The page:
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# basis (topology)

Let $(X,\mathcal{T})$ be a topological space. A subset $\mathcal{B}$ of
$\mathcal{T}$ is a *basis* for $\mathcal{T}$ if every member of $\mathcal{T}$ is a union of members of $\mathcal{B}$.

Equivalently, $\mathcal{B}$ is a basis if and only if whenever $U$ is open and $x\in U$ then there is an open set $V\in\mathcal{B}$ such that $x\in V\subseteq U$.

The topology generated by a basis $\mathcal{B}$ consists of exactly the unions of the elements of $\mathcal{B}$.

We also have the following easy characterization: (for a proof, see the attachment)

###### Proposition.

A collection of subsets $\mathcal{B}$ of $X$ is a basis for some topology on $X$ if and only if each $x\in X$ is in some element $B\in\mathcal{B}$ and whenever $B_{1},B_{2}\in\mathcal{B}$ and $x\in B_{1}\cap B_{2}$ then there is $B_{3}\in\mathcal{B}$ such that $x\in B_{3}\subseteq B_{1}\cap B_{2}$.

# 0.0.1 Examples

1. A basis for the usual topology of the real line is given by the set of open intervals since every open set can be expressed as a union of open intervals. One may choose a smaller set as a basis. For instance, the set of all open intervals with rational endpoints and the set of all intervals whose length is a power of $1/2$ are also bases. However, the set of all open intervals of length $1$ is not a basis although it is a subbasis (since any interval of length less than $1$ can be expressed as an intersection of two intervals of length $1$).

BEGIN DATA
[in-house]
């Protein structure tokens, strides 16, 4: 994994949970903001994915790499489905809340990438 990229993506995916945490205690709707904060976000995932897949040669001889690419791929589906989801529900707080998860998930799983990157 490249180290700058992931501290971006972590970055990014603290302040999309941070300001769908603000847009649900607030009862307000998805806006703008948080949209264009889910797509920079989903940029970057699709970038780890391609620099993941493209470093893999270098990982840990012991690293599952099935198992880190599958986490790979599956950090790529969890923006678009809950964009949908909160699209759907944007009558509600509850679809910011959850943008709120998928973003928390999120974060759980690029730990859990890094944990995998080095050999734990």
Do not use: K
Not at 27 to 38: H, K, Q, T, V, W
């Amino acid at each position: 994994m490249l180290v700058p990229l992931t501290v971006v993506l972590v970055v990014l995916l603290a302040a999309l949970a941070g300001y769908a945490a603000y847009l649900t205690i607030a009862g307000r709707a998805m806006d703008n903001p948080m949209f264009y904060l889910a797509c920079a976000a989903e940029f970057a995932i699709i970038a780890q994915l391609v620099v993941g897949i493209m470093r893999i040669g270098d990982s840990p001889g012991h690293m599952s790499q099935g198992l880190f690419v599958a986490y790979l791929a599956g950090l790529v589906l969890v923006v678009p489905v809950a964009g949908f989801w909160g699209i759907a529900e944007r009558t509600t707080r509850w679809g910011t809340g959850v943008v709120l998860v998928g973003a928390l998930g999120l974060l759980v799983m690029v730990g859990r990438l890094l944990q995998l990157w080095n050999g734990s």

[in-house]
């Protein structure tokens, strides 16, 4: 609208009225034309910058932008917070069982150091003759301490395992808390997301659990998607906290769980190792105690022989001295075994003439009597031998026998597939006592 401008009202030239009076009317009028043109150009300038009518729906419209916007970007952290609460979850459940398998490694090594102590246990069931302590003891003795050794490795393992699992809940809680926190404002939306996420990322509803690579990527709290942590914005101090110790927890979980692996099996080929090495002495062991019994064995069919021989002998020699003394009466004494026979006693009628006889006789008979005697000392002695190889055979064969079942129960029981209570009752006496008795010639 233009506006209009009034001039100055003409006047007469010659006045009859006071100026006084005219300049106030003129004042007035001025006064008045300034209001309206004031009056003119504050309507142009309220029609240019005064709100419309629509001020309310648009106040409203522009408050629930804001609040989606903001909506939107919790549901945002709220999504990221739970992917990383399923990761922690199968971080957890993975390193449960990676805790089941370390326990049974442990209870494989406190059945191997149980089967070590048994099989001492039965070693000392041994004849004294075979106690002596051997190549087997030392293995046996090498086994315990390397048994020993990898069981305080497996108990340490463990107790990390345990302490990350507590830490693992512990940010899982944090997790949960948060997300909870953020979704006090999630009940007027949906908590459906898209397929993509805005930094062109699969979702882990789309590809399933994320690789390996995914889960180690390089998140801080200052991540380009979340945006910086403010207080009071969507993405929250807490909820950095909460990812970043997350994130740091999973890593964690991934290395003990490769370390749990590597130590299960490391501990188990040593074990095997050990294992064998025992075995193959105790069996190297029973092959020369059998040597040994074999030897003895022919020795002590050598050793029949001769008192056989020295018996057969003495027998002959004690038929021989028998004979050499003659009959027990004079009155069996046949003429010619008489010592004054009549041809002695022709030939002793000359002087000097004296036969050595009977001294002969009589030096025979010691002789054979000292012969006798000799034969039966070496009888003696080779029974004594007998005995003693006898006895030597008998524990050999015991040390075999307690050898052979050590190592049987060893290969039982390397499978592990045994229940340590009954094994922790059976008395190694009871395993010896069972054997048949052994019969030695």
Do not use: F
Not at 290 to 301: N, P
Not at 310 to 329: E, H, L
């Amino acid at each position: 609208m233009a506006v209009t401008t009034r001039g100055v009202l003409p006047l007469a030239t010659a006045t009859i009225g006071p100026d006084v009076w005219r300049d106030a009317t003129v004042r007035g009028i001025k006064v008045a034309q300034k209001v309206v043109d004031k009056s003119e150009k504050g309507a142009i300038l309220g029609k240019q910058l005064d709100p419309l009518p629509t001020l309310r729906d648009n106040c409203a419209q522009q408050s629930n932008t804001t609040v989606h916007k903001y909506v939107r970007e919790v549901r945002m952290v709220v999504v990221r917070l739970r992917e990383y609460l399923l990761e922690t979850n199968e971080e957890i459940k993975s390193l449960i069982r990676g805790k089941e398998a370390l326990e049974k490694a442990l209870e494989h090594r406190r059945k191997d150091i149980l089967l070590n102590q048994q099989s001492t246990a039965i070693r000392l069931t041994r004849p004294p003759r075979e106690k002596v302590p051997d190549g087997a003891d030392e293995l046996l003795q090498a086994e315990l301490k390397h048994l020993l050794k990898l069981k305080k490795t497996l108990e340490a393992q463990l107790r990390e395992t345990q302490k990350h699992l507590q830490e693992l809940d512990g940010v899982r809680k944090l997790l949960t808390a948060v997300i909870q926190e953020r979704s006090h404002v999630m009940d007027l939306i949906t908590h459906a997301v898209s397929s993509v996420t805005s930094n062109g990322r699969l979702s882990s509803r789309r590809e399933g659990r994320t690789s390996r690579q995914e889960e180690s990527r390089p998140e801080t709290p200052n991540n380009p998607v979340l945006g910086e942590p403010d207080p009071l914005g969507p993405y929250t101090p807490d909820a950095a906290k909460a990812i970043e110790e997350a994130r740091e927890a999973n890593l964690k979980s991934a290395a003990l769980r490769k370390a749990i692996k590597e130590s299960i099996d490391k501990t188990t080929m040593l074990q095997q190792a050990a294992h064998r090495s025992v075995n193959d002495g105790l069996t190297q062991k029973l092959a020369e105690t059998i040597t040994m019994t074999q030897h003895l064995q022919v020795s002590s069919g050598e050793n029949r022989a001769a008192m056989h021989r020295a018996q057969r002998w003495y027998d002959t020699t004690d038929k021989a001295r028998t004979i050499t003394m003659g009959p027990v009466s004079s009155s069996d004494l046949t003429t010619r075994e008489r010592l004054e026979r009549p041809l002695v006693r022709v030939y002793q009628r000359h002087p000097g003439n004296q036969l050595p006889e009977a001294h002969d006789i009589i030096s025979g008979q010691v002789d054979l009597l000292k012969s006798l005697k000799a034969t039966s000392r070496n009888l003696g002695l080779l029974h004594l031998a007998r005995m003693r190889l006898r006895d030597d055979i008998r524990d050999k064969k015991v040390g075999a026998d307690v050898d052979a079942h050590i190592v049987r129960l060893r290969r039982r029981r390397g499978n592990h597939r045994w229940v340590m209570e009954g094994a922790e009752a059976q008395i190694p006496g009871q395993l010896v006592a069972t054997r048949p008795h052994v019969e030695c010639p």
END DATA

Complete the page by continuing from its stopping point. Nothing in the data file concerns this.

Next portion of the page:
2. More generally, the set of open balls forms a basis for the topology on a metric space.

3. The set of all subsets with one element forms a basis for the discrete topology on any set.

## Mathematics Subject Classification

54A99*no label found*

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## Comments

## V ?

Line 2: 'Equivalently, B is a basis if and only if whenever U is open and x is an element of U then there is an open set V such that x is an element of V is a subset of U.'

What is the relationship between V and B? Should it be 'there is an open set V which is an element of B such that..' ?

## about proposition 1

there is at least one condition missing, since even the empty set fullfills the conditions of proposition 1. But a basis must have one element, (if X ist not empty).